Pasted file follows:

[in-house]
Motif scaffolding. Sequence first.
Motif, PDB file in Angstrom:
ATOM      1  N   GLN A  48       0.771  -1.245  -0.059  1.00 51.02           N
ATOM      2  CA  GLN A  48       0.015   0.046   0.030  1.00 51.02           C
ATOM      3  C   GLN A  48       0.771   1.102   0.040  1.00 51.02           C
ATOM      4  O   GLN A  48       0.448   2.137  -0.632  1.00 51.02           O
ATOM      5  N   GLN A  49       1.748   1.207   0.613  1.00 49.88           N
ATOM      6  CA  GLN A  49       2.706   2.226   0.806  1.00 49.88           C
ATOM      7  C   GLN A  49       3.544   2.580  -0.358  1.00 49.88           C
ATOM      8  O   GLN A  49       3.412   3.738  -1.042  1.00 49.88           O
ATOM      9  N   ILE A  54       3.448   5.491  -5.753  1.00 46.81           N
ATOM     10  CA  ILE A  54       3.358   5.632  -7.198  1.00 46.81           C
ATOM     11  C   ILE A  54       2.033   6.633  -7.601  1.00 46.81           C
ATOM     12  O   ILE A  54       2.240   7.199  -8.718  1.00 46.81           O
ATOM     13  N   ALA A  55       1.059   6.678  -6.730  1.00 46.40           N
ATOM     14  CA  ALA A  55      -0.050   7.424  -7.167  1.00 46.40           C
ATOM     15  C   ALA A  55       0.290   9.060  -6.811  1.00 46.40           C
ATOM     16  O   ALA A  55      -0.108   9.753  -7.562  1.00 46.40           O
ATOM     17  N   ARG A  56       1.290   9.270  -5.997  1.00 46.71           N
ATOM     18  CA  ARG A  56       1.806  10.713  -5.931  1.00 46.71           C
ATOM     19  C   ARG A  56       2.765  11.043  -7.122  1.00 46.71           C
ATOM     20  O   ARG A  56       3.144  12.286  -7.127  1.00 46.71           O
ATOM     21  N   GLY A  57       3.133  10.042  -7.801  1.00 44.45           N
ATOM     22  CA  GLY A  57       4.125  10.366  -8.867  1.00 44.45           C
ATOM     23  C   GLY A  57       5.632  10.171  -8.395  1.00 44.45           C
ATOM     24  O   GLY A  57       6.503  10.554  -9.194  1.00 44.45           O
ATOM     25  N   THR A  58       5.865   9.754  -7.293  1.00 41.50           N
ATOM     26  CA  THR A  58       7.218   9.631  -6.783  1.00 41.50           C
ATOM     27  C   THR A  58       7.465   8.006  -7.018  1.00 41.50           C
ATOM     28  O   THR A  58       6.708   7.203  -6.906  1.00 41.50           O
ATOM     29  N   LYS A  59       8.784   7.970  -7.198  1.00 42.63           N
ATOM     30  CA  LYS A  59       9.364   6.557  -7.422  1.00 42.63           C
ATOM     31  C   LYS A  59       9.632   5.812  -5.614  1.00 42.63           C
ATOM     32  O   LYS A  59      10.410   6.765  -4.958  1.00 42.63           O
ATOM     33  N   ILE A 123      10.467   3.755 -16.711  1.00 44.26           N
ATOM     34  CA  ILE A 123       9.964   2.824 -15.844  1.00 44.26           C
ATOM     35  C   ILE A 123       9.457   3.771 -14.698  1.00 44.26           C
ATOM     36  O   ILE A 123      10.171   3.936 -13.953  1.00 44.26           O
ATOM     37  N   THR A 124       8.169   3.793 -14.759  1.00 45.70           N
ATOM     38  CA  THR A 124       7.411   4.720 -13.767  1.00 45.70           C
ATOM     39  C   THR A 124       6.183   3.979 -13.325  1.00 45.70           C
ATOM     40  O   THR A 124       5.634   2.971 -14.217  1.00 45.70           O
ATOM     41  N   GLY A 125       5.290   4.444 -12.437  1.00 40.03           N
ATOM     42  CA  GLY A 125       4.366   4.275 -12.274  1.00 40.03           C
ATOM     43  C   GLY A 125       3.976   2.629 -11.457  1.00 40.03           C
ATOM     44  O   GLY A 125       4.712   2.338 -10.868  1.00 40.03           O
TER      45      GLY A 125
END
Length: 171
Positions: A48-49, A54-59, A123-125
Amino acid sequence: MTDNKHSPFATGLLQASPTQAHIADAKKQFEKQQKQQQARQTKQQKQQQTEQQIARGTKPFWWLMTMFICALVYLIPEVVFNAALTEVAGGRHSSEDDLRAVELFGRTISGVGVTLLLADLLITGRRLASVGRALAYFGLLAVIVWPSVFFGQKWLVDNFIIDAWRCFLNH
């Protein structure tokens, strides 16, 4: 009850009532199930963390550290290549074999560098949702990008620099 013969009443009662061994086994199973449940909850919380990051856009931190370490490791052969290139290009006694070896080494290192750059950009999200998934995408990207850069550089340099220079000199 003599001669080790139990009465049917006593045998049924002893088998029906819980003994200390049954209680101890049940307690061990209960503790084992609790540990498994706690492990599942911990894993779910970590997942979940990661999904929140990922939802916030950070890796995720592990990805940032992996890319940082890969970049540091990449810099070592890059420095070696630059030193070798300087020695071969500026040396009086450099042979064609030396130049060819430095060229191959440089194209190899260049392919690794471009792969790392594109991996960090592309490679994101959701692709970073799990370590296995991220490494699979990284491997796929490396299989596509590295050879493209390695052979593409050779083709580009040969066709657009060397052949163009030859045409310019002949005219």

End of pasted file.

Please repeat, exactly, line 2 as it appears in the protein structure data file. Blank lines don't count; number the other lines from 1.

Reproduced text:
Motif scaffolding. Sequence first.